Since you’re reading this article, you are probably reading it online. You may have even found it via Twitter or Facebook. Besides getting much of our news and information online, many of us love social networking sites (SNS) where we can interact with friends, colleagues, and other like-minded souls.
A recent Pew Internet study, called Social Networking Sites and Our Lives, found that 79% of American adults said they used the Internet. 47% of adults or 59% of Internet users, say they use at least one SNS. This is close to double what it was in 2008. The study also found that the average age of adult SNS users shifted from 33 in 2008 to 38 in 2010. Over half of all adult SNS users are now over the age of 35.
For those involved in the blogging world long enough, most have probably experienced learning about the death of a fellow blogger or online friend. It’s never easy and usually a gut-wrenching shock. As the years go by, it happens more often. We live so much of our lives online. But what happens to our online personas when we die?
The Digital Beyond is a website that explores these issues in-depth. The creators of the website, Evan Carroll and John Romano, wrote a book called Your Digital Afterlife. In an NPR interview, Romano suggests that a Digital Executor be named to handle digital belongings. He explains, “It’s very possible that the person who’s handling your estate may not be the person who has the technical understanding to take care of your digital things.” They both suggest creating an inventory of online accounts, so the Digital Executor has all necessary information.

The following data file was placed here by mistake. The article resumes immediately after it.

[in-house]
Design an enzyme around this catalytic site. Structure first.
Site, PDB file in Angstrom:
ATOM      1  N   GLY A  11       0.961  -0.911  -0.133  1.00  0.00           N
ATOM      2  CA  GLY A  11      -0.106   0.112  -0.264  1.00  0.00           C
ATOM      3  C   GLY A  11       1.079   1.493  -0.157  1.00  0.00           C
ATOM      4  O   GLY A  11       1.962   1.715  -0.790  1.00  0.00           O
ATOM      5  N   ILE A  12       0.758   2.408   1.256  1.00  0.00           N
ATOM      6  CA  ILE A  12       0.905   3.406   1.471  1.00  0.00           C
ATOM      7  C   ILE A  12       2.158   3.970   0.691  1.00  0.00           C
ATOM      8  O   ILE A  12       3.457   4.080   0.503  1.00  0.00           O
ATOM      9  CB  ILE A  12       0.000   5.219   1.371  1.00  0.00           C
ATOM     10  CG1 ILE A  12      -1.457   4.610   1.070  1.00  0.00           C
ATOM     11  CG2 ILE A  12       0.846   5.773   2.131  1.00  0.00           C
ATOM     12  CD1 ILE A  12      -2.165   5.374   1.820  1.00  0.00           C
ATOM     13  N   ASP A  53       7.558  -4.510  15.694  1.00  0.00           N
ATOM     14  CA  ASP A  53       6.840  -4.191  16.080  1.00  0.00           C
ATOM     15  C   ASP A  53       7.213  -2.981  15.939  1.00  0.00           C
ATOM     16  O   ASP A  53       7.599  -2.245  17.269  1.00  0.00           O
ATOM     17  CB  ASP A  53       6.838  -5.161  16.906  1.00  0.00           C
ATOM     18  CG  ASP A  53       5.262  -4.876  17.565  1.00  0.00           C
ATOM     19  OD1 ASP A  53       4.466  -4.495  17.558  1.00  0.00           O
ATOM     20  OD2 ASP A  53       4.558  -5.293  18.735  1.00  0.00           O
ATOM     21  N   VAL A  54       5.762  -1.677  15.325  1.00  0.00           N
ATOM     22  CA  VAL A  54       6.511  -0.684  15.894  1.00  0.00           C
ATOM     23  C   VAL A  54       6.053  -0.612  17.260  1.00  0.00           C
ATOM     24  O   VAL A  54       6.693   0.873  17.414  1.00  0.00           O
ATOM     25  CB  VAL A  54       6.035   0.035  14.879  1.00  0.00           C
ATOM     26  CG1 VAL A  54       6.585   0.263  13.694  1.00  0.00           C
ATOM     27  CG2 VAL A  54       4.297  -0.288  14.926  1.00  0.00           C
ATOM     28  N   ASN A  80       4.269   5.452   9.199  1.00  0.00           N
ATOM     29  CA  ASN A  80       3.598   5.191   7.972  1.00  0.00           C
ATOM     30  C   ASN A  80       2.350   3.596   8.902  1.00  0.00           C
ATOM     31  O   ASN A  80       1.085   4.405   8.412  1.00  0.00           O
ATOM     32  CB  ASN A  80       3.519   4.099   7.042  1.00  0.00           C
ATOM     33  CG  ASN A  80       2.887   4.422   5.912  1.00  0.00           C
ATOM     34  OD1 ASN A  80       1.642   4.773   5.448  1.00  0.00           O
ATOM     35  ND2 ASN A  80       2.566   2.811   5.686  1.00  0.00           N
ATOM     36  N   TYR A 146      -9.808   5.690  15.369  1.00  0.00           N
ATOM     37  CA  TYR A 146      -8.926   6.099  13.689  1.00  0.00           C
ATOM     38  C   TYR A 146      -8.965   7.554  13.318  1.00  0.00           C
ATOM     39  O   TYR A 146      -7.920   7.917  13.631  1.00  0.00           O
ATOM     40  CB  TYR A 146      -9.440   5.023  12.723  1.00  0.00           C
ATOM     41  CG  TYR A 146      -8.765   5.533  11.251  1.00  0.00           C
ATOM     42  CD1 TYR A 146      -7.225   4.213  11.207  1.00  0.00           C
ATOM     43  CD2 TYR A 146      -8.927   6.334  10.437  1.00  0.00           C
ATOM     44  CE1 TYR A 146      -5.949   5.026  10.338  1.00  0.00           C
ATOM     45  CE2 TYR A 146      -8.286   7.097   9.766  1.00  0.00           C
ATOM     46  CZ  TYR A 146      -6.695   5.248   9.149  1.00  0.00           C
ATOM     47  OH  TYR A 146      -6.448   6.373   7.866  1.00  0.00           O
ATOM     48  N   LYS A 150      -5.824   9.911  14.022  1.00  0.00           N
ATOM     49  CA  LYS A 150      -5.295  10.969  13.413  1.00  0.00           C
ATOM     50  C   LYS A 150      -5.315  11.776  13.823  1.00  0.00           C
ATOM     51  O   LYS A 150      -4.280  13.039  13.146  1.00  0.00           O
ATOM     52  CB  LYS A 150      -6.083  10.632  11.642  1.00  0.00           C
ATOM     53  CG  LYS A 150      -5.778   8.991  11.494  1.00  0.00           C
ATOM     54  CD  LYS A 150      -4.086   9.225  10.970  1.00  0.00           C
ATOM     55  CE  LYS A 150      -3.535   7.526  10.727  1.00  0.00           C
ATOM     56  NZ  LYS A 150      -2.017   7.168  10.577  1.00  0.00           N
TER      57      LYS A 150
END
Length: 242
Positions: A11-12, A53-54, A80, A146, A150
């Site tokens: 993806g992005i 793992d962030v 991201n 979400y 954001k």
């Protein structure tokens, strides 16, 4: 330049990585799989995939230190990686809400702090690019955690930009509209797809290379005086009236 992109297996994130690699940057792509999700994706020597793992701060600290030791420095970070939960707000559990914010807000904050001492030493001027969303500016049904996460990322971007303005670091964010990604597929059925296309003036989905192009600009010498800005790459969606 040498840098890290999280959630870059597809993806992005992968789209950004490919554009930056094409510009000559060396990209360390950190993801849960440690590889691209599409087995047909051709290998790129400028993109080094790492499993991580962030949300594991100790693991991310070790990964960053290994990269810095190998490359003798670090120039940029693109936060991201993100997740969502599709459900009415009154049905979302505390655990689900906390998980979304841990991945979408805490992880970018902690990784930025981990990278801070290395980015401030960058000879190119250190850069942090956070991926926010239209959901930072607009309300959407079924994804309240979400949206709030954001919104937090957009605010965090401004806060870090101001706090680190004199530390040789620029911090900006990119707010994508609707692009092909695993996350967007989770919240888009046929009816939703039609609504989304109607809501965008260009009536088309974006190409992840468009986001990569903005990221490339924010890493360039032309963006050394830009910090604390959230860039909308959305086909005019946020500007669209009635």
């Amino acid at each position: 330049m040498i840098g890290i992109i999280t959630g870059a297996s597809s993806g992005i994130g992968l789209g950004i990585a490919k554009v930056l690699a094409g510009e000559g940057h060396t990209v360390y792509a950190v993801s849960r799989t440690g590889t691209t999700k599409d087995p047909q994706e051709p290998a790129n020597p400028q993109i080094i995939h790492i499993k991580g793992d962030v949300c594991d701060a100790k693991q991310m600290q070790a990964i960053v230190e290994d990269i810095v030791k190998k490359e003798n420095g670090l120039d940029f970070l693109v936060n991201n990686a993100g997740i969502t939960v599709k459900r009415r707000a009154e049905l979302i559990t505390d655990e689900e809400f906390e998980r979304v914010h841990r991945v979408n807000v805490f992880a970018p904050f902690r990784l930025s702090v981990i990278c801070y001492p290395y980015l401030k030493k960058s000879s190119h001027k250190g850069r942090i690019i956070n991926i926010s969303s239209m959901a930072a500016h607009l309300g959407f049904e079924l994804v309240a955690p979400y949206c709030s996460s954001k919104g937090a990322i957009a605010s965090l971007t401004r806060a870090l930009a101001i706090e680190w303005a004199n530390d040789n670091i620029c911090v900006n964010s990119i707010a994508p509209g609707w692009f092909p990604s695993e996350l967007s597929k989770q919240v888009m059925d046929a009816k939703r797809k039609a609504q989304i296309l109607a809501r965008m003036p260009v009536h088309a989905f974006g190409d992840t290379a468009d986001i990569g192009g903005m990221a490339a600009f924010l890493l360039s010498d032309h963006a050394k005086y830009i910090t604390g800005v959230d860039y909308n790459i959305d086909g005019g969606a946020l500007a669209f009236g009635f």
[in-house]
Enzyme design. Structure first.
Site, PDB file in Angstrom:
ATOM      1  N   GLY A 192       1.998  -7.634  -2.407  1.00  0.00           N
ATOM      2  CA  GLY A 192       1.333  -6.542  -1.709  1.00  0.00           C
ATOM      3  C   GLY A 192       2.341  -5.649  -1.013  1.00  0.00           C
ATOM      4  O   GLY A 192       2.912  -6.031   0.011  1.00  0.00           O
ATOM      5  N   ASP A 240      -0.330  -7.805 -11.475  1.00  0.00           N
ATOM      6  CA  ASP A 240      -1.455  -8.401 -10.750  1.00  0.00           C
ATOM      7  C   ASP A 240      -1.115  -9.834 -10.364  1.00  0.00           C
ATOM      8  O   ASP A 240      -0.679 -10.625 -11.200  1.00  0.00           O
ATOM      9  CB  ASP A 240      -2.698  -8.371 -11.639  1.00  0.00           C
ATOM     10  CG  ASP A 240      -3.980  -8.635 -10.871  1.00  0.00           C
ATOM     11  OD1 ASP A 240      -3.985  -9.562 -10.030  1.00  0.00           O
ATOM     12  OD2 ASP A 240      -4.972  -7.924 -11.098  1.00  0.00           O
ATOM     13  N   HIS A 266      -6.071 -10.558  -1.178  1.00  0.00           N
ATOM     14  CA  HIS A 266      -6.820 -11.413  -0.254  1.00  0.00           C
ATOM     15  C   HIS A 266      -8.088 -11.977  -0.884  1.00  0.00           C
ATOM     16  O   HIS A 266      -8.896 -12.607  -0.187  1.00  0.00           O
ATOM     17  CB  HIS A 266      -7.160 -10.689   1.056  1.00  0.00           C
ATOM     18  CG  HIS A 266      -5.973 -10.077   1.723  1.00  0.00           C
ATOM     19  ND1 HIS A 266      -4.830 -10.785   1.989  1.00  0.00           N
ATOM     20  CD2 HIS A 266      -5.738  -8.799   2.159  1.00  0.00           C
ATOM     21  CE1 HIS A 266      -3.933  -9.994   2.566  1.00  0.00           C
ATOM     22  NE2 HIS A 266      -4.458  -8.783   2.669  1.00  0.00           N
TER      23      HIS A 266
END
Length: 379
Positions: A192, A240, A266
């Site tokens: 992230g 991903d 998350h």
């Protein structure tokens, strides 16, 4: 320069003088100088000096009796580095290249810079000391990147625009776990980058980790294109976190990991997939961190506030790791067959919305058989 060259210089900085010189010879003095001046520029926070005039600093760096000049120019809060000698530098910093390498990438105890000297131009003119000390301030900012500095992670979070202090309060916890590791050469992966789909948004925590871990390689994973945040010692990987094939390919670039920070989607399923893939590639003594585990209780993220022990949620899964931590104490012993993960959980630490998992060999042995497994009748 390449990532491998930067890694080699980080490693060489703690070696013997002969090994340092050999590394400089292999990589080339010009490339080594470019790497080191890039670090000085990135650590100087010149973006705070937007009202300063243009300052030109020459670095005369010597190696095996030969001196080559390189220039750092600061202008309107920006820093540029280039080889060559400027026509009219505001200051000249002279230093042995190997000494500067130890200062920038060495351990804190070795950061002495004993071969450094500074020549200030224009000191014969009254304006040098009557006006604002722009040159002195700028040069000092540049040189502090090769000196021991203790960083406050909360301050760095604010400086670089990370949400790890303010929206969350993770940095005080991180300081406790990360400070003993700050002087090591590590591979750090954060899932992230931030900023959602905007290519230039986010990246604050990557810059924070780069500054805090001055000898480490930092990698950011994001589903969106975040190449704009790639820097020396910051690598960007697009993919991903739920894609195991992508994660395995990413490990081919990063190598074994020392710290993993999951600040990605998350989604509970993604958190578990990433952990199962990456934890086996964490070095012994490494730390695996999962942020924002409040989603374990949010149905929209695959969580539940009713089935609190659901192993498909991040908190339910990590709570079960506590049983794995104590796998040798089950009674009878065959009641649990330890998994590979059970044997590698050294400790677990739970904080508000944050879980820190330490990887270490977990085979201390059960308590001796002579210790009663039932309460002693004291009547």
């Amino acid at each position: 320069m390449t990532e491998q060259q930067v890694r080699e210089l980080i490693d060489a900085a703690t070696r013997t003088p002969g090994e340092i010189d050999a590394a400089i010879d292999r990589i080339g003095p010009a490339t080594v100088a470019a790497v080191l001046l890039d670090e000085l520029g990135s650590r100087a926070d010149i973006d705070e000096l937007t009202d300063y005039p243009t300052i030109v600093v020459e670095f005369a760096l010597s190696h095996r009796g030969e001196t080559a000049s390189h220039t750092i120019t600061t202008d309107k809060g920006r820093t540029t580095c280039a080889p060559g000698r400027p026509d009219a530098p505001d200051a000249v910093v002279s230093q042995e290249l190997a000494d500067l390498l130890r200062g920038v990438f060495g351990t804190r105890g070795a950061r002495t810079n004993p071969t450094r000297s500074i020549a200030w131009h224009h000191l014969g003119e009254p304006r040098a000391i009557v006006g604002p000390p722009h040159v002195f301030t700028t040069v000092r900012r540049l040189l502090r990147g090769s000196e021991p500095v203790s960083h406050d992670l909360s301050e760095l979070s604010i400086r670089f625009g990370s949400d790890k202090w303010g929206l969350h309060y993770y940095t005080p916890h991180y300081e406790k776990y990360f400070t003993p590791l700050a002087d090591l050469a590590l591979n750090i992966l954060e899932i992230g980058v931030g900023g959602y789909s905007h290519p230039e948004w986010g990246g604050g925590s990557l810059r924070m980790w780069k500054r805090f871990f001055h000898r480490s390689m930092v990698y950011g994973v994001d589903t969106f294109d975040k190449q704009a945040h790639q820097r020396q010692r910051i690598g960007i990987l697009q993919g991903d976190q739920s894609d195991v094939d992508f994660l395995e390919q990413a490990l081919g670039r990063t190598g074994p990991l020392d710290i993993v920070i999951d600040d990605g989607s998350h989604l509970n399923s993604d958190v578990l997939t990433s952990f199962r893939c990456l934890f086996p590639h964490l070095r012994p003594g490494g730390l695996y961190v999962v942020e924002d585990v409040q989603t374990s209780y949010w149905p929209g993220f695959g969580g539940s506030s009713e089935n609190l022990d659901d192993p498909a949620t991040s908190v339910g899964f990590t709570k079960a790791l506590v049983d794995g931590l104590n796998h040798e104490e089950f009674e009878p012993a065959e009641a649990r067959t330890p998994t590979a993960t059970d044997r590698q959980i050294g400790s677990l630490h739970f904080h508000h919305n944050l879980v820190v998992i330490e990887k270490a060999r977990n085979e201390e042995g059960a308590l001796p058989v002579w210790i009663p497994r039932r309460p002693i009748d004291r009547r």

In this era of Facebook, another aspect of death online is leaving tributes on the walls of those who have recently passed. It’s a way for people to come together, remember the person, and to grieve. However, sometimes not everyone has been notified of the death. For a close family member to learn about a relative’s passing via SNS is obviously not the ideal.
Blogger and attorney Tom Stasiuk wrote about his experience where a friend’s family learned about his death on Facebook. News spread so quickly that the family hadn’t even been notified before.
Sometimes the speed of the online world may need to slow down a bit to keep pace with and respect for our lives offline. Making our way through the Internet presents situations and challenges that many of us never dreamed of. But as we each share our experiences, maybe we can all help one another to make it a bit easier.
By: Lisa C. Johnson